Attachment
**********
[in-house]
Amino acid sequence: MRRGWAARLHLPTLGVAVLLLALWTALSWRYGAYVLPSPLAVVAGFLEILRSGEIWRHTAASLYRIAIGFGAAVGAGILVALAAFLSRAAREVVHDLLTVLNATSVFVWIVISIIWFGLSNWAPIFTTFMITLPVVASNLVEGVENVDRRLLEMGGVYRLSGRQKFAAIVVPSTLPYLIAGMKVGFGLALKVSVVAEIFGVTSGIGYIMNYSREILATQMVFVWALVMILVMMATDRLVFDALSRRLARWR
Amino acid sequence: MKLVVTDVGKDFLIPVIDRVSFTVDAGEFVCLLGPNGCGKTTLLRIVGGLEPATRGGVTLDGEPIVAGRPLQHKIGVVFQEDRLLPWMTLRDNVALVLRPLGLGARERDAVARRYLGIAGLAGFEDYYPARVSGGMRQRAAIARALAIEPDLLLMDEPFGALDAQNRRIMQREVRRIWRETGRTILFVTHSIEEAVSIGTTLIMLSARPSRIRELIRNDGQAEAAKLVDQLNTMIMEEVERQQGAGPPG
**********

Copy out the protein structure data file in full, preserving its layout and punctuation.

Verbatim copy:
[in-house]
Amino acid sequence: MRRGWAARLHLPTLGVAVLLLALWTALSWRYGAYVLPSPLAVVAGFLEILRSGEIWRHTAASLYRIAIGFGAAVGAGILVALAAFLSRAAREVVHDLLTVLNATSVFVWIVISIIWFGLSNWAPIFTTFMITLPVVASNLVEGVENVDRRLLEMGGVYRLSGRQKFAAIVVPSTLPYLIAGMKVGFGLALKVSVVAEIFGVTSGIGYIMNYSREILATQMVFVWALVMILVMMATDRLVFDALSRRLARWR
Amino acid sequence: MKLVVTDVGKDFLIPVIDRVSFTVDAGEFVCLLGPNGCGKTTLLRIVGGLEPATRGGVTLDGEPIVAGRPLQHKIGVVFQEDRLLPWMTLRDNVALVLRPLGLGARERDAVARRYLGIAGLAGFEDYYPARVSGGMRQRAAIARALAIEPDLLLMDEPFGALDAQNRRIMQREVRRIWRETGRTILFVTHSIEEAVSIGTTLIMLSARPSRIRELIRNDGQAEAAKLVDQLNTMIMEEVERQQGAGPPG